Superstorm Sandy is providing a windfall for some local new car dealers as thousands of vehicles totaled by the storm are replaced.
While the storm flooded and knocked out electricity to many dealerships, some retailers say their biggest problem now is getting enough new and used cars to sell.
He says his new car sales this month probably will total 200, double what he normally would sell in November. Used car sales, he predicted, would be more than double the normal for November -- or about 100 cars.
In Inwood, general sales manager Frank Gonzalez of Five Towns Nissan, says his store won't see a big increase because he's short of product. Flooding that left as much as 3 feet of water in his showroom ruined 670 cars, he said. Replacements are only now starting to arrive. "If we had inventory -- our normal allotment -- we'd be having a phenomenal month," he said.
Owner Michael Villani of Garden City Jeep Chrysler Dodge in Hempstead says his new vehicles sales will be up about 85 percent this month over normal, at about 240 units. "We've been on fire all month," he said. He could sell more, he said, if he could get more Jeep Grand Cherokees and four-door Jeep Wranglers -- and if he had more sales and support employees to handle more volume.
But, he added, he lost a lot of service business for six days after Sandy struck because his power was out and he couldn't get a generator powerful enough for the shop. He said he was able to continue selling cars with power from two small, household generators.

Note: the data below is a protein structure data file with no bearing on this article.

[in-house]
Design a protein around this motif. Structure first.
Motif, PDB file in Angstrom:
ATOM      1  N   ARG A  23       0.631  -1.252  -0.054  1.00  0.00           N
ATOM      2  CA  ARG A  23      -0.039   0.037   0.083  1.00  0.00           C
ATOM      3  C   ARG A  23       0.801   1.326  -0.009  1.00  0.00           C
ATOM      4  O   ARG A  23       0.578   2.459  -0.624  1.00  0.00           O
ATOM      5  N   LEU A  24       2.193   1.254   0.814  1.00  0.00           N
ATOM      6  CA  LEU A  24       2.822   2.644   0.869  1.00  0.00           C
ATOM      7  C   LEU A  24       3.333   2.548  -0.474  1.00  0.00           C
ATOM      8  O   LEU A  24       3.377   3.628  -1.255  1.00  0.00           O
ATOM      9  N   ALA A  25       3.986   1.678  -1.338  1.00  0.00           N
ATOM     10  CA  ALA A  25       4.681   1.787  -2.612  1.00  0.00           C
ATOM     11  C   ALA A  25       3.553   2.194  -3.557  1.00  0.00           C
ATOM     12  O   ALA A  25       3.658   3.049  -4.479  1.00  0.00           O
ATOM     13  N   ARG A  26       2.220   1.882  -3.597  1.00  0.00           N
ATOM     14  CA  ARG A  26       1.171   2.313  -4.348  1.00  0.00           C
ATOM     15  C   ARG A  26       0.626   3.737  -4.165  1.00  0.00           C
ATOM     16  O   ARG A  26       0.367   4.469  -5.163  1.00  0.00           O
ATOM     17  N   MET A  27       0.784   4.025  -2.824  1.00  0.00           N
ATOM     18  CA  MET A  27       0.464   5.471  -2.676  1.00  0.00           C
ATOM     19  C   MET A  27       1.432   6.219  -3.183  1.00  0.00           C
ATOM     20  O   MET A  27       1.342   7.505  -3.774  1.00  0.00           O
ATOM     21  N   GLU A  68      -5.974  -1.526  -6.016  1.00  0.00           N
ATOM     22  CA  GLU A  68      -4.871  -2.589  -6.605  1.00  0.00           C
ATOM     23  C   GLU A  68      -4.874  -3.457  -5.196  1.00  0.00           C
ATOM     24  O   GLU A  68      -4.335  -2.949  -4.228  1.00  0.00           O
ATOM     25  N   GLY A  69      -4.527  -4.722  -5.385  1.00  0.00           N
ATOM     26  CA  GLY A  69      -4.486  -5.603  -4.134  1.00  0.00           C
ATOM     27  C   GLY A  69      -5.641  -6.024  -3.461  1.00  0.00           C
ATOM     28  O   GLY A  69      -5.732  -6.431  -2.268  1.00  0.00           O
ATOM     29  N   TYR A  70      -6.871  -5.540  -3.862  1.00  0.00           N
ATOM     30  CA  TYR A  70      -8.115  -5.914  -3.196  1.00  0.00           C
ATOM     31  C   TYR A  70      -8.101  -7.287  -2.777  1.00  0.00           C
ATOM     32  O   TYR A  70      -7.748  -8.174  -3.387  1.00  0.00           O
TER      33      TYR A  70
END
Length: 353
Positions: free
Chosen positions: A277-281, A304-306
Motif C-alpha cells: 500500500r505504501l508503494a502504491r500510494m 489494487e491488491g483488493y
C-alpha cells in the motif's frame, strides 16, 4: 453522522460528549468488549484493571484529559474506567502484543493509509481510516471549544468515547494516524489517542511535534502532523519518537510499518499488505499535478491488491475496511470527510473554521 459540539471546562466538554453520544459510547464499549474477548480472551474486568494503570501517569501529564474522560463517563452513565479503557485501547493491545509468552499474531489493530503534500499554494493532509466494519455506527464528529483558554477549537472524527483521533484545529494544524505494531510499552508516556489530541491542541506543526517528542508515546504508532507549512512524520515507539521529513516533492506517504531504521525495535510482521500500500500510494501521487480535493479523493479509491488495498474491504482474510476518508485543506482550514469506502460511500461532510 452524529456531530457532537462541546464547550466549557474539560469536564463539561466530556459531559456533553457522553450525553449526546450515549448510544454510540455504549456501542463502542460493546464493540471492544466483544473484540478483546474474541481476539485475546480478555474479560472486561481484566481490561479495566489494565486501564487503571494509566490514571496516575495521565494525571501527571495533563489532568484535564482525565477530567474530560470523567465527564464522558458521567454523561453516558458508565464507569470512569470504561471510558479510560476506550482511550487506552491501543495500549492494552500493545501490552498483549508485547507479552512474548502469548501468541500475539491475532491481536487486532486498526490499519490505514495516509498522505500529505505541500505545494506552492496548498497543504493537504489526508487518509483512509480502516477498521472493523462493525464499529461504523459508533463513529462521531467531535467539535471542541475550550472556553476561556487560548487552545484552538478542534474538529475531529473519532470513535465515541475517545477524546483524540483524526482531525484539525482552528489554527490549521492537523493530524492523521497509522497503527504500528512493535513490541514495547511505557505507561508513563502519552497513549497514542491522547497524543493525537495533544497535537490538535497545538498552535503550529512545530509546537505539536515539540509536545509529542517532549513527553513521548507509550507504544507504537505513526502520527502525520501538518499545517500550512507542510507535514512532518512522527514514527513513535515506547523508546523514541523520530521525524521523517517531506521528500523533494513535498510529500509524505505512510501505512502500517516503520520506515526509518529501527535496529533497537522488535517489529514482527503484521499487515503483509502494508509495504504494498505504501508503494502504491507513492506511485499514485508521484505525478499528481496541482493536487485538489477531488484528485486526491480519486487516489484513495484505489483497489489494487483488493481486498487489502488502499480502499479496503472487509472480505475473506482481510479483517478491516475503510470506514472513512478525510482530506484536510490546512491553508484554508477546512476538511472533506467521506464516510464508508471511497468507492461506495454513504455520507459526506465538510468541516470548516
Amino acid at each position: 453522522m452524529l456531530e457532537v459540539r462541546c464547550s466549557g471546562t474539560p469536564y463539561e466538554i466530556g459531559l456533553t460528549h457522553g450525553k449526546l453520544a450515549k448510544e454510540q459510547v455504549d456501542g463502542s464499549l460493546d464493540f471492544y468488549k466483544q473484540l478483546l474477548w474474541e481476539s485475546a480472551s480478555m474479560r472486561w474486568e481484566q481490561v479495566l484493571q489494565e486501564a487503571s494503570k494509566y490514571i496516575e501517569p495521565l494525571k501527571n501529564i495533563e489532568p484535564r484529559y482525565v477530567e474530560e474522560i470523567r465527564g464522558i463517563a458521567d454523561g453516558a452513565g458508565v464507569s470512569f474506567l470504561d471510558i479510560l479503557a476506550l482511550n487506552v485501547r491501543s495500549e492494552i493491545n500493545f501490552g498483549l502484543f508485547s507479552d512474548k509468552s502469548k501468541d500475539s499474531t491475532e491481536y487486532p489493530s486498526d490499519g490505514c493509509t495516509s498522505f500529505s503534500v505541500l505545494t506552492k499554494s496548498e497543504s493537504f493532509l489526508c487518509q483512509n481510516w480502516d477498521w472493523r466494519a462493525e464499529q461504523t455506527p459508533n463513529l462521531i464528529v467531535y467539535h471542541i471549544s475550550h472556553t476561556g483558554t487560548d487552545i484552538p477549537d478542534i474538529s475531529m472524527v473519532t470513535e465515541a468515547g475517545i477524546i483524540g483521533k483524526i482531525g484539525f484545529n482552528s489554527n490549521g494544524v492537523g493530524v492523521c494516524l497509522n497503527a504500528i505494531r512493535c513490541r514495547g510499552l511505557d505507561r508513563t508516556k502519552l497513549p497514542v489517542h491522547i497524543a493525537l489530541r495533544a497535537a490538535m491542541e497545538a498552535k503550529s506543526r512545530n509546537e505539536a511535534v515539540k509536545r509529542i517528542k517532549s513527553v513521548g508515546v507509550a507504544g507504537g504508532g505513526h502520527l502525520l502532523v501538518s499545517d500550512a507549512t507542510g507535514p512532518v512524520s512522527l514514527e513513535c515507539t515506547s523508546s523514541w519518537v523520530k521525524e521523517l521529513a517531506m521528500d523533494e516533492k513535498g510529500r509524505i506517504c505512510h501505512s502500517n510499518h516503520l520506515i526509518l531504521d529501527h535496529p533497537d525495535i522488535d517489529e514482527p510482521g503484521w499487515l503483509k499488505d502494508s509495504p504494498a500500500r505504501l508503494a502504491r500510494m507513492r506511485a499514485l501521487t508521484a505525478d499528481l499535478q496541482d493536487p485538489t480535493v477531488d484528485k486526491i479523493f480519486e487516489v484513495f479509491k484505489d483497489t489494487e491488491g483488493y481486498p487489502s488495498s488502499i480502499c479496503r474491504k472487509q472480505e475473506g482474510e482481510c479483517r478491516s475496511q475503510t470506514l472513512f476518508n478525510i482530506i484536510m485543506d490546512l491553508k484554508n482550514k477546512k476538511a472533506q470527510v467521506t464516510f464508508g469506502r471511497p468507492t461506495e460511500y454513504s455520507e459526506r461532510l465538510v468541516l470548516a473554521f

He and Schimmerling said they're trying to get more used cars because they're getting fewer trade-ins, with many customers' previous cars totaled.
The additional sales augment what has been a growth year for local dealers; through September, the last month for which numbers are available, Long Islanders purchased about 143,600 new cars and trucks, up 3.2 percent from a year earlier, according to registration figures from R.L. Polk & Co.
Executive director Mark Schienberg of the 400-member Greater New York Automobile Dealers Association estimates that 20,000 to 25,000 vehicles were damaged or destroyed on dealer lots in its coverage area, which includes Long Island, the five boroughs and the northern suburbs but not New Jersey or Connecticut. Thousands more new vehicles owned by manufacturers and stored on docks in New Jersey and Brooklyn also were lost, Schienberg said.
He says that, while many are enjoying a spike now, dealers lost sales in late October and in the first week or two of November as people prepared for and rode out the storm, then found their lives dominated by power outages, gasoline shortages and storm damage cleanup. Sandy made landfall Oct. 29. Industry analysts for the Kelley Blue Book, an auto information provider, estimated that 200,000 new vehicle sales were lost in October because of Sandy.
Villani notes also that not everyone who lost a car had an insurance policy that covered the loss or, if the damaged car was an older model, got a settlement large enough to buy a new car.